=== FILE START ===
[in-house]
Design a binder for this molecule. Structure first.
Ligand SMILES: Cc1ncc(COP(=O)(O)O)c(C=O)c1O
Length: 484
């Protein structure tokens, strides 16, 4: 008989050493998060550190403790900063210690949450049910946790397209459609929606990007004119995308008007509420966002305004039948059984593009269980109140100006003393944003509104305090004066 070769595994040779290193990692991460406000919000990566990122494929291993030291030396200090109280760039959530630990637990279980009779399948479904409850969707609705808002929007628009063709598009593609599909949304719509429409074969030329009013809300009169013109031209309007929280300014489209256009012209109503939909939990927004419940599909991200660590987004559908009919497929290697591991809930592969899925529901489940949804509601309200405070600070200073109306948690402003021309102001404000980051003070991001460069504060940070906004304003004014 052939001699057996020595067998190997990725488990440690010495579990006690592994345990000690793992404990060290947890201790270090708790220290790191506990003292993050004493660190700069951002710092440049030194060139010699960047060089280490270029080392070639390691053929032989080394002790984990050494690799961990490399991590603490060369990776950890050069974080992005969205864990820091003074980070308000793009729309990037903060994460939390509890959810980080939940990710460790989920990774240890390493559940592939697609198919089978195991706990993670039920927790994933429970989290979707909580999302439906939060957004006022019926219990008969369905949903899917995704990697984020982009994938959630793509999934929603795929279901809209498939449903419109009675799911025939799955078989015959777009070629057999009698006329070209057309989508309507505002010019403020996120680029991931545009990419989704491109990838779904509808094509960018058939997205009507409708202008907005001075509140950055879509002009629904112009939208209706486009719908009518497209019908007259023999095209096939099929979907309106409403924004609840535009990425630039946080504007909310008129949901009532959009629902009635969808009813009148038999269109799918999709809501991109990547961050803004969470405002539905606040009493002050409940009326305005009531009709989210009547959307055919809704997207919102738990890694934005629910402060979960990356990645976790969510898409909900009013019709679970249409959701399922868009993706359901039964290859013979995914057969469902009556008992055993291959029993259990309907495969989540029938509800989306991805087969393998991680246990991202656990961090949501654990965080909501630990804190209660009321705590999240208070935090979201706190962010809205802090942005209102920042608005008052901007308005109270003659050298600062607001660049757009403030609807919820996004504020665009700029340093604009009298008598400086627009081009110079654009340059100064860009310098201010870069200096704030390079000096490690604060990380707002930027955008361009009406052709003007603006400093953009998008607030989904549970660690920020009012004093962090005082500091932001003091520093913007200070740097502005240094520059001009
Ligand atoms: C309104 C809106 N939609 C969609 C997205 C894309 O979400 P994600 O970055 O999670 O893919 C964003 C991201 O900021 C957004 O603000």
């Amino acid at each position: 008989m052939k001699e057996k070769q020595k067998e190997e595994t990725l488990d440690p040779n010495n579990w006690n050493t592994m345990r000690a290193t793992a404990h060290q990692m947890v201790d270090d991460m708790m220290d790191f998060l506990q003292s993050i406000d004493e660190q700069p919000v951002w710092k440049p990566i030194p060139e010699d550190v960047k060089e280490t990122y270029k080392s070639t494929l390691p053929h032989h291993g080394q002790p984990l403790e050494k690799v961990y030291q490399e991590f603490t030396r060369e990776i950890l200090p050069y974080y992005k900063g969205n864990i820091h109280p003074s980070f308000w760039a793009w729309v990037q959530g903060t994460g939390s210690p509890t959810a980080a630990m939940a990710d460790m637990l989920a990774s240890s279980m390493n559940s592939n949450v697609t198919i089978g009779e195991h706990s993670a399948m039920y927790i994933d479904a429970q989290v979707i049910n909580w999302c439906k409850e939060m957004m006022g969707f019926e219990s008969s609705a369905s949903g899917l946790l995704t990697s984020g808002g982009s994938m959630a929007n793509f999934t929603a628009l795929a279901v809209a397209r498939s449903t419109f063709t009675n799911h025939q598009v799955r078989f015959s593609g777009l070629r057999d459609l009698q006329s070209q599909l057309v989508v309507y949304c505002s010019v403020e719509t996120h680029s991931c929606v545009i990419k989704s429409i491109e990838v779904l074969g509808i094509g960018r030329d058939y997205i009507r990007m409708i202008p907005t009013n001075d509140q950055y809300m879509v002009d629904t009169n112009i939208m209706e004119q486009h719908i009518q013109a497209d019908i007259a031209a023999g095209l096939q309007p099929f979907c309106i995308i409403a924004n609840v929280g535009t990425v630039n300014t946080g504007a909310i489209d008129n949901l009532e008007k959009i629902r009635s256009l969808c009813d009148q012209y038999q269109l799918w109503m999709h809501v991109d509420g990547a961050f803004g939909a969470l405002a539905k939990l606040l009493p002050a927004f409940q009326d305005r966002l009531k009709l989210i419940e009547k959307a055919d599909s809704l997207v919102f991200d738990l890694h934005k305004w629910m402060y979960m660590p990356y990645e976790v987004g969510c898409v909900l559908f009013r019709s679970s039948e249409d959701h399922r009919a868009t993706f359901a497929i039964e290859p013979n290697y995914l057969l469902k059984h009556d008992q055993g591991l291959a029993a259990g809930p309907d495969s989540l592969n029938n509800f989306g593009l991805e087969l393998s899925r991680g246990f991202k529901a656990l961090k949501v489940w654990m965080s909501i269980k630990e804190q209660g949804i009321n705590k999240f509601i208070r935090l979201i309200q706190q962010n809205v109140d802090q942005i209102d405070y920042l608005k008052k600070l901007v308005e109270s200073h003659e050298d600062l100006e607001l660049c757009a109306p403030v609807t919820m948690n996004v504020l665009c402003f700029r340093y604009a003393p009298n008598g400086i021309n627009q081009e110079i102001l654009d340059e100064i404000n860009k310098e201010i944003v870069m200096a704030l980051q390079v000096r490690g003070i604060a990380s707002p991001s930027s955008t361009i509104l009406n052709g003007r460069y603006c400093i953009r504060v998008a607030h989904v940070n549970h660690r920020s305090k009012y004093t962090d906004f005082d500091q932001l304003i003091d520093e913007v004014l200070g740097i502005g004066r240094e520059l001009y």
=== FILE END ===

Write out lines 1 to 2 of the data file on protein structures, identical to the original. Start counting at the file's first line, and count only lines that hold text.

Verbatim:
[in-house]
Design a binder for this molecule. Structure first.